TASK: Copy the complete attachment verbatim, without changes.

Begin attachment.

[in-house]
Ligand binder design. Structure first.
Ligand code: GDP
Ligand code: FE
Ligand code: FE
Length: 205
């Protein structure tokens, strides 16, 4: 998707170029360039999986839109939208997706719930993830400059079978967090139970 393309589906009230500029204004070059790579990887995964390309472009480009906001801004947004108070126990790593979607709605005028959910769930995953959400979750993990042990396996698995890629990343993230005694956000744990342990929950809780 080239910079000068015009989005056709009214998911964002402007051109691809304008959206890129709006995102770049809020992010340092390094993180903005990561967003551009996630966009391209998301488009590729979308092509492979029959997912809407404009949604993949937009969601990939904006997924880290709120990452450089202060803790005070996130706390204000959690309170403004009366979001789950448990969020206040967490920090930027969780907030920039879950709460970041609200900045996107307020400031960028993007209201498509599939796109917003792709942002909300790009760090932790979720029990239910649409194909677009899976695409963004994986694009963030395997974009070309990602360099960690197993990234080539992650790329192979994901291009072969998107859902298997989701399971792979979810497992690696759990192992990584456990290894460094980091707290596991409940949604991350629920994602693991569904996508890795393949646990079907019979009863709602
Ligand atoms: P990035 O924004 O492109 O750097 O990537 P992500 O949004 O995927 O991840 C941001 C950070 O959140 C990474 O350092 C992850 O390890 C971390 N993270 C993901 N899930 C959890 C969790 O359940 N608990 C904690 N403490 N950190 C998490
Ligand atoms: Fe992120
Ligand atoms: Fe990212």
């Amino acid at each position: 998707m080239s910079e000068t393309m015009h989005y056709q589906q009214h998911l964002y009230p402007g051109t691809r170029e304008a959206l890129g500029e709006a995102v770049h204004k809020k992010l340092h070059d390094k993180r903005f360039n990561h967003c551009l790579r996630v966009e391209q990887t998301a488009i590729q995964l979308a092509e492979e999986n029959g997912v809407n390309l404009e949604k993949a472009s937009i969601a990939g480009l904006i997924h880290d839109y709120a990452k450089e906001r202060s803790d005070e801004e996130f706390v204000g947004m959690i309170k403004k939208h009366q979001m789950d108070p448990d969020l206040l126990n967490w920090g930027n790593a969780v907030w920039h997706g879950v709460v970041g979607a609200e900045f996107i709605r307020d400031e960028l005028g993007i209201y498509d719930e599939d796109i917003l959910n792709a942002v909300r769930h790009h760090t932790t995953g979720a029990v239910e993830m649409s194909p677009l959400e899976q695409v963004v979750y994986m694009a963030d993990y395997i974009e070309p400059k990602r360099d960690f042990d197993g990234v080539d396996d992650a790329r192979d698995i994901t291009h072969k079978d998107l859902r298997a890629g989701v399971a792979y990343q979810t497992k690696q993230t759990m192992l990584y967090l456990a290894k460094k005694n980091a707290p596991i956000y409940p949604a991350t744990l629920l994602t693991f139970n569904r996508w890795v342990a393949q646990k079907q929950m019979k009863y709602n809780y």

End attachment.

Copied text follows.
[in-house]
Ligand binder design. Structure first.
Ligand code: GDP
Ligand code: FE
Ligand code: FE
Length: 205
């Protein structure tokens, strides 16, 4: 998707170029360039999986839109939208997706719930993830400059079978967090139970 393309589906009230500029204004070059790579990887995964390309472009480009906001801004947004108070126990790593979607709605005028959910769930995953959400979750993990042990396996698995890629990343993230005694956000744990342990929950809780 080239910079000068015009989005056709009214998911964002402007051109691809304008959206890129709006995102770049809020992010340092390094993180903005990561967003551009996630966009391209998301488009590729979308092509492979029959997912809407404009949604993949937009969601990939904006997924880290709120990452450089202060803790005070996130706390204000959690309170403004009366979001789950448990969020206040967490920090930027969780907030920039879950709460970041609200900045996107307020400031960028993007209201498509599939796109917003792709942002909300790009760090932790979720029990239910649409194909677009899976695409963004994986694009963030395997974009070309990602360099960690197993990234080539992650790329192979994901291009072969998107859902298997989701399971792979979810497992690696759990192992990584456990290894460094980091707290596991409940949604991350629920994602693991569904996508890795393949646990079907019979009863709602
Ligand atoms: P990035 O924004 O492109 O750097 O990537 P992500 O949004 O995927 O991840 C941001 C950070 O959140 C990474 O350092 C992850 O390890 C971390 N993270 C993901 N899930 C959890 C969790 O359940 N608990 C904690 N403490 N950190 C998490
Ligand atoms: Fe992120
Ligand atoms: Fe990212």
């Amino acid at each position: 998707m080239s910079e000068t393309m015009h989005y056709q589906q009214h998911l964002y009230p402007g051109t691809r170029e304008a959206l890129g500029e709006a995102v770049h204004k809020k992010l340092h070059d390094k993180r903005f360039n990561h967003c551009l790579r996630v966009e391209q990887t998301a488009i590729q995964l979308a092509e492979e999986n029959g997912v809407n390309l404009e949604k993949a472009s937009i969601a990939g480009l904006i997924h880290d839109y709120a990452k450089e906001r202060s803790d005070e801004e996130f706390v204000g947004m959690i309170k403004k939208h009366q979001m789950d108070p448990d969020l206040l126990n967490w920090g930027n790593a969780v907030w920039h997706g879950v709460v970041g979607a609200e900045f996107i709605r307020d400031e960028l005028g993007i209201y498509d719930e599939d796109i917003l959910n792709a942002v909300r769930h790009h760090t932790t995953g979720a029990v239910e993830m649409s194909p677009l959400e899976q695409v963004v979750y994986m694009a963030d993990y395997i974009e070309p400059k990602r360099d960690f042990d197993g990234v080539d396996d992650a790329r192979d698995i994901t291009h072969k079978d998107l859902r298997a890629g989701v399971a792979y990343q979810t497992k690696q993230t759990m192992l990584y967090l456990a290894k460094k005694n980091a707290p596991i956000y409940p949604a991350t744990l629920l994602t693991f139970n569904r996508w890795v342990a393949q646990k079907q929950m019979k009863y709602n809780y």